Clocks, Time, and Calendars
https://www.youtube.com/playlist?list=PLKi4WTp6PRGWC6I3ltUlMls0rzLQJlcrl

3rd Grade Math Playlist (2015)
https://www.youtube.com/playlist?list=PLKi4WTp6PRGVPton7wjphpYAhdTjnJsw0

I'm using the Houghton Mifflin Go Math!
2015 copyright textbook for this playlist.

FOLLOW ME:
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https://www.youtube.com/channel/UCAZKtYcE5Jgd6hVL-RHv6Vw

Equivalent fractions name the same amount. We can use models to name equivalent fractions. We use fraction strips, fraction circles, fraction walls, and drawings with shaded parts. We discuss how a pizza cut into eighths can be shared among four people, and the two different ways a fraction can be written to represent how much each person ate. We see how to write a fraction for a shaded part of a model. We identify fractions that are equivalent to 1/2 or equivalent to 1/3.

3rd Grade Math Playlist (2015)
https://www.youtube.com/playlist?list=PLKi4WTp6PRGVPton7wjphpYAhdTjnJsw0

I'm using the Houghton Mifflin Go Math!
2015 copyright textbook for this playlist.

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When two or more fractions name the same amount, they are equivalent fractions. Equivalent means equal to, or having the same value. We can use models to find equivalent fractions by carefully folding a sheet of paper into same size parts. We can also model equivalent fractions by using a number line, fraction strips, or fraction wall. We look at a list of fractions that are equivalent to a unit fraction. We see the patterns that are made by their denominators as multiples of the denominator of the unit fraction. When the numerator and denominator are the same number, the fraction is equivalent to 1 whole. You can go to the JoAnn's School Facebook page image section for fractions strips and fraction walls to copy, paste, print, and cut out to use as models. See the link below.

3rd Grade Math 9.4, Compare Fractions
https://youtu.be/-GpRBkVWFO8

JoAnn's School Fractions Playlist
https://www.youtube.com/playlist?list=PLKi4WTp6PRGUYKjbyJuBHo_vkIzGsOshq

3rd Grade Math Playlist (2015)
https://www.youtube.com/playlist?list=PLKi4WTp6PRGVPton7wjphpYAhdTjnJsw0

I'm using the Houghton Mifflin Go Math!
2015 copyright textbook for this playlist.

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On Wednesday July 17, Lola didn't eat her dinner at all and was acting extremely lethargic. On Thursday July 18, she didn't eat breakfast or dinner. On Friday July 19 when she didn't eat her breakfast, I took her to our vet. He found she had a fever and a high white blood cell count, which indicates an infection. He took an x-ray of her chest and abdomen and didn't see anything significant. She's now getting a lot of rest, and taking an antibiotic. Saturday morning I was able to get her to eat a tablespoon of scrambled egg. That isn't enough. I then tried making her a couple tablespoons of fresh salmon with rice for dinner, which she usually loves, and she ate it. Sunday July 21, she ate about 1/3 of a normal sized meal for breakfast, then ate about 1/2 a normal meal for dinner. Her appetite is returning. We still have several more days for her to take the antibiotic. We have no idea what caused her illness! Please consider supporting my work by becoming a patron on Patreon, or by using PayPal. Thanks!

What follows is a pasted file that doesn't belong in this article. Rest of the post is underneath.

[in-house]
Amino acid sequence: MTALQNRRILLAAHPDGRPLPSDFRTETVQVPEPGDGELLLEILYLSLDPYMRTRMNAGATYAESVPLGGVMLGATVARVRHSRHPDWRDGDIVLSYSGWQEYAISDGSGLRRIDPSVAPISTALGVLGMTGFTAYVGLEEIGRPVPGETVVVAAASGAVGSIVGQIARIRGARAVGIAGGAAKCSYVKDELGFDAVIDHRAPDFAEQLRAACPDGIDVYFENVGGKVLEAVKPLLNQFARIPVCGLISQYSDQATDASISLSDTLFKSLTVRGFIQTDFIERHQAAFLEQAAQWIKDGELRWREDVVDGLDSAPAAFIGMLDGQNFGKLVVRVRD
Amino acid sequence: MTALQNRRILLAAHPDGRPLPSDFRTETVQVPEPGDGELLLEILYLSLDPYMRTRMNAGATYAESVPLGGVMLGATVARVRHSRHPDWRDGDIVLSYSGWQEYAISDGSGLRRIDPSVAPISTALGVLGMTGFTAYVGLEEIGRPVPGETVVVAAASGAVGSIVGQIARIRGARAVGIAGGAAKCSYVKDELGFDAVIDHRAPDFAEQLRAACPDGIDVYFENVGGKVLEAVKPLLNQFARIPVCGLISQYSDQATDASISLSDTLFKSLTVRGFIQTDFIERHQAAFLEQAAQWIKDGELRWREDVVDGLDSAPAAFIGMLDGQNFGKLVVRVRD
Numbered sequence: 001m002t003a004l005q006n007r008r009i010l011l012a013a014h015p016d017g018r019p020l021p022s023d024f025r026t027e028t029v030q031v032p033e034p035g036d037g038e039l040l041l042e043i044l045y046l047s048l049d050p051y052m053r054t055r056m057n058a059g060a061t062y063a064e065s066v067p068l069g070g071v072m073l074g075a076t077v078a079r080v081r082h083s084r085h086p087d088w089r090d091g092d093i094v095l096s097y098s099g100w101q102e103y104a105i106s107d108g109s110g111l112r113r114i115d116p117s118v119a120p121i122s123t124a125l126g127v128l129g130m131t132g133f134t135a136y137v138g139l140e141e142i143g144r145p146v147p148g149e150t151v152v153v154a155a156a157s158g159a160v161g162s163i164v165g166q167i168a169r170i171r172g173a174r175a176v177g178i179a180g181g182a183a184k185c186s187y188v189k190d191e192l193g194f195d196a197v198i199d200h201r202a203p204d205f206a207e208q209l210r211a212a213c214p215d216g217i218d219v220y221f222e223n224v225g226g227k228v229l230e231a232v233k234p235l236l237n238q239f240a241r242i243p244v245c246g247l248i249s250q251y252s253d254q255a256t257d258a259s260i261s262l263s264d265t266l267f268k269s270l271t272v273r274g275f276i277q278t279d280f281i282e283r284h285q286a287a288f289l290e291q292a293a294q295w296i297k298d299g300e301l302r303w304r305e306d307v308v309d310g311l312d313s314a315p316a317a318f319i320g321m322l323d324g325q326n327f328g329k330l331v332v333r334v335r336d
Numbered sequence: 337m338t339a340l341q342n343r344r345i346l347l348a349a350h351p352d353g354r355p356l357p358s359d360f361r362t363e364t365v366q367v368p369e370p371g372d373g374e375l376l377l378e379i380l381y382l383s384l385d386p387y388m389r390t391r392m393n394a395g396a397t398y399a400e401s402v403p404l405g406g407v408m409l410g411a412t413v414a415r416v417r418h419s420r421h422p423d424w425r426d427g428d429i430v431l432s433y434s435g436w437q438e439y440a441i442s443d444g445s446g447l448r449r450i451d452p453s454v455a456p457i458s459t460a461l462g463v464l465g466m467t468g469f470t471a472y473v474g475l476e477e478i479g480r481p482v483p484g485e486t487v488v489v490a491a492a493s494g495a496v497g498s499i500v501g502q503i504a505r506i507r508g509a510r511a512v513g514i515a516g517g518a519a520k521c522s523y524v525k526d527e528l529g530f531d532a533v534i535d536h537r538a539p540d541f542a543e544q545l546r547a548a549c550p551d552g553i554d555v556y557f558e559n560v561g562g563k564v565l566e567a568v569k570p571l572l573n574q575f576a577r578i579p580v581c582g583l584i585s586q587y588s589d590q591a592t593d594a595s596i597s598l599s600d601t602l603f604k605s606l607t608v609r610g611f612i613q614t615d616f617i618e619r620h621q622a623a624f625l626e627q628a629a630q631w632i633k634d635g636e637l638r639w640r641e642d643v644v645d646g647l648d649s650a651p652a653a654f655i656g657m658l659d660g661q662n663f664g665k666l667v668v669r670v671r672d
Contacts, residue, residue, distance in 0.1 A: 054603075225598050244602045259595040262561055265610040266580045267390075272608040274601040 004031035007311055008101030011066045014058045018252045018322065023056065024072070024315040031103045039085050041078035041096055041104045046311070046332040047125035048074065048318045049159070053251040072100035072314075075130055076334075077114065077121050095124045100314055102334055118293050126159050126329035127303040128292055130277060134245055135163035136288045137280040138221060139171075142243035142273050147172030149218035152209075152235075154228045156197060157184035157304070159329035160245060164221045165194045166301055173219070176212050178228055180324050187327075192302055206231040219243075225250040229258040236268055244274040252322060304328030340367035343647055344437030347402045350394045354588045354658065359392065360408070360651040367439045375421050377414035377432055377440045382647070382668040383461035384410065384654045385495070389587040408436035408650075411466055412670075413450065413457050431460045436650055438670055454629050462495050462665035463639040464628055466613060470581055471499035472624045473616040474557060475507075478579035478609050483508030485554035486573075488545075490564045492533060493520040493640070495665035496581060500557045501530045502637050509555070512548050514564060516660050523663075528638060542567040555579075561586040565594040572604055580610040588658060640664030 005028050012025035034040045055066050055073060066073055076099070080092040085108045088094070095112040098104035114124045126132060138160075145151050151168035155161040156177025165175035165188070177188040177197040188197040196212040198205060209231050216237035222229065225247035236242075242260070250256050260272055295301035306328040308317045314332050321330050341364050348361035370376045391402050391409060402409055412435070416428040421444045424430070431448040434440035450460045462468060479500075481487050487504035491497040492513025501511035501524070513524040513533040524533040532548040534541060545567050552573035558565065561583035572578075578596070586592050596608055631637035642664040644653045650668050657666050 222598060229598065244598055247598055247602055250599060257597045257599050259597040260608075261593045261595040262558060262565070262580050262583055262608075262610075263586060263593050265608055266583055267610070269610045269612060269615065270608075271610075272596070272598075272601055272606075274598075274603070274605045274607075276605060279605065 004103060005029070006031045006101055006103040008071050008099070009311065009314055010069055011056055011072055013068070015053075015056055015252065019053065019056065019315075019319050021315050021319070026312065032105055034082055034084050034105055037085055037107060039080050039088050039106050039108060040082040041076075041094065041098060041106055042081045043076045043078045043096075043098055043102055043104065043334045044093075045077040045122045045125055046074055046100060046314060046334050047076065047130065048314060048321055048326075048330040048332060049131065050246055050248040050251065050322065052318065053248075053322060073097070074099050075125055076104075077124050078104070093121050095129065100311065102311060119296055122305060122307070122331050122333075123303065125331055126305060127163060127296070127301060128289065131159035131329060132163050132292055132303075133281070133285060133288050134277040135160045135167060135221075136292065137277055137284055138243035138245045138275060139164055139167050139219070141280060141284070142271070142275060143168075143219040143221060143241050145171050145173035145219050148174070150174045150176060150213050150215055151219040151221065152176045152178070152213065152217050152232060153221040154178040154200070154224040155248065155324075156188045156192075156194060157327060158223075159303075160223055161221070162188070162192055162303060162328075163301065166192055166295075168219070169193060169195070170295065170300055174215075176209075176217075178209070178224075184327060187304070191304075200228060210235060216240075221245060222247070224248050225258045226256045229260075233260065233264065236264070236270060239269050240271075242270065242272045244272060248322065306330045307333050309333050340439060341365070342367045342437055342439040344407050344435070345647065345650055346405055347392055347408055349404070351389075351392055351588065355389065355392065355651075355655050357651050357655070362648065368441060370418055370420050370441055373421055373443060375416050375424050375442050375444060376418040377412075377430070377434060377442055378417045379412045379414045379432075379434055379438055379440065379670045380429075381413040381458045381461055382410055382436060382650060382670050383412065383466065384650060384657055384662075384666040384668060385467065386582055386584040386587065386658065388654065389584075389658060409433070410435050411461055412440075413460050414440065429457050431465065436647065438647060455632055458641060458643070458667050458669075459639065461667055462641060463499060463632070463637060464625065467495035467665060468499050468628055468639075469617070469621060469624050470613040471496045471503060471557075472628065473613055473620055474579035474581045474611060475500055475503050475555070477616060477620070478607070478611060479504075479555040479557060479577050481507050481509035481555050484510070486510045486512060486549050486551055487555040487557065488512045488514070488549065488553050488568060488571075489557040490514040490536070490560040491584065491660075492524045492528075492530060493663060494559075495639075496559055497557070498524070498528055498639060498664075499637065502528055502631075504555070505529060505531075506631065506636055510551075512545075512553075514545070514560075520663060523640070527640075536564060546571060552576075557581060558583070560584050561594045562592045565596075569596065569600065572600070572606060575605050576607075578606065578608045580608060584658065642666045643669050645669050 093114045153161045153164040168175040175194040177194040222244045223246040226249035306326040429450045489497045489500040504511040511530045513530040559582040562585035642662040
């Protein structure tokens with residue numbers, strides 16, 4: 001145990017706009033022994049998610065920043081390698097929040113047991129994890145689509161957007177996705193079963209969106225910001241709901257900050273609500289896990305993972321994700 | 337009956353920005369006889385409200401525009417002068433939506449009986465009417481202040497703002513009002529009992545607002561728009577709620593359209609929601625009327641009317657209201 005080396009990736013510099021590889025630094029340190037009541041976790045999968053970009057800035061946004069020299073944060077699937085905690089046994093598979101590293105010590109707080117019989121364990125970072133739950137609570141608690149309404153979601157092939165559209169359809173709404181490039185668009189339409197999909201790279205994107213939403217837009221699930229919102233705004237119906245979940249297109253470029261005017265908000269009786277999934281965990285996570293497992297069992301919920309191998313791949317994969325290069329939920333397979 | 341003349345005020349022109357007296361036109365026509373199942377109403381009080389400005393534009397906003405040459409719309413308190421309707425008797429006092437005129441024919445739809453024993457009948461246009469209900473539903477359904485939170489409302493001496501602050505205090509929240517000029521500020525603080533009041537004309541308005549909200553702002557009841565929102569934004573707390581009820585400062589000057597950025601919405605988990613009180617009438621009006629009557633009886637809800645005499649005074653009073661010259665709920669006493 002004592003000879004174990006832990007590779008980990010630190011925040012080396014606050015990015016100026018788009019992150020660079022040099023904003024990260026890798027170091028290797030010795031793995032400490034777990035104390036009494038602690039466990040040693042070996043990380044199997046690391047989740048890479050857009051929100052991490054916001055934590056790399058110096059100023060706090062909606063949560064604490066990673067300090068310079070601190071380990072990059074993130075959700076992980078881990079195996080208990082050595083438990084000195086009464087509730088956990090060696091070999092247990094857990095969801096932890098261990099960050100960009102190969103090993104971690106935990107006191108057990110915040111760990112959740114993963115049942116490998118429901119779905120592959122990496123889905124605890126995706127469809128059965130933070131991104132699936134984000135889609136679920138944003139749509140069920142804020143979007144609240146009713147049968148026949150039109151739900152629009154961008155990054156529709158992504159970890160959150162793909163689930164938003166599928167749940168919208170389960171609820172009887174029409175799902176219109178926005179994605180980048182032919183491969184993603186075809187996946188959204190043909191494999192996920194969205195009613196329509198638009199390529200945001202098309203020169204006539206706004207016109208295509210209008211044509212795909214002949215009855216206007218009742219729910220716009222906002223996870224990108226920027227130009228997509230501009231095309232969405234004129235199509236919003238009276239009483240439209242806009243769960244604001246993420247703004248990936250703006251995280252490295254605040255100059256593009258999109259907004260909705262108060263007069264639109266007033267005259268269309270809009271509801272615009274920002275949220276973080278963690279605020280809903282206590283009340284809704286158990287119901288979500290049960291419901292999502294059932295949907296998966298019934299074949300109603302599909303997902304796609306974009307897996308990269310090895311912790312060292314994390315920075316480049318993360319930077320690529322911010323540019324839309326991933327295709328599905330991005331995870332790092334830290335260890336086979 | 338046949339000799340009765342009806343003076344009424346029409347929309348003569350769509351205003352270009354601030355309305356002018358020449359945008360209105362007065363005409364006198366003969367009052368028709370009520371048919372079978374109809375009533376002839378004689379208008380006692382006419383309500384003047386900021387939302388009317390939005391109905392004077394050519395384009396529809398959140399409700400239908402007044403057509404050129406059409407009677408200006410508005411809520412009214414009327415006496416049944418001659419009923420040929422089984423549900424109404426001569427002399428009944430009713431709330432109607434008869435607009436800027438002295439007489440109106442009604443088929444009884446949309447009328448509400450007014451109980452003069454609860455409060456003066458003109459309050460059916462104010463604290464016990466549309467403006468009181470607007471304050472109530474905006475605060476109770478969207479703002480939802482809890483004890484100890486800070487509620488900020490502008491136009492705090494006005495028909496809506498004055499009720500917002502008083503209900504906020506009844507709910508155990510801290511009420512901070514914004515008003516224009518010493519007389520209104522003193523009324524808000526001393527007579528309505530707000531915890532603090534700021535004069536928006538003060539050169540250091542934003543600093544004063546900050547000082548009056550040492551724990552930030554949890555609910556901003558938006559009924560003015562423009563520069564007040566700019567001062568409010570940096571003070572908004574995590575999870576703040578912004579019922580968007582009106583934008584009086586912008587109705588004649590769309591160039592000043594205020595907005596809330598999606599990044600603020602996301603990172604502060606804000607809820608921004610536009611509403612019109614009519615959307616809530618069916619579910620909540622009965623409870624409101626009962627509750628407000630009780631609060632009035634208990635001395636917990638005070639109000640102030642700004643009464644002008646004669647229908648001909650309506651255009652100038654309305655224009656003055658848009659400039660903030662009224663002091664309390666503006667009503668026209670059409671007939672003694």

JoAnn's Home
https://www.youtube.com/playlist?list=PLKi4WTp6PRGXv0g-i-n2hR1jG6_s5qdVe

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You'll be less confused if you watch lessons 9.2, 9.3, and 9.4 before you watch this one. See links below. We can compare and order fractions by comparing their numerators, or comparing their denominators. We can also use fraction strips or fraction circles to compare the size or amount of the unit fractions. We can order them from least to greatest, or greatest to least. We cannot compare fractions that represent items of different sizes. We need to compare fractions that represent the same-size whole. When we order fractions with the same numerator from least to greatest, the denominators go from greatest to least. When we order fractions with the same denominator, the numerators go down as the number of pieces go down. We can line fraction strips next to each other to compare the longest set of fraction strips to the shortest set. We can use a fraction wall to help us compare fractions. See the Joann's School Facebook page image section for a fraction wall that you can copy, paste, and print for your own use linked below.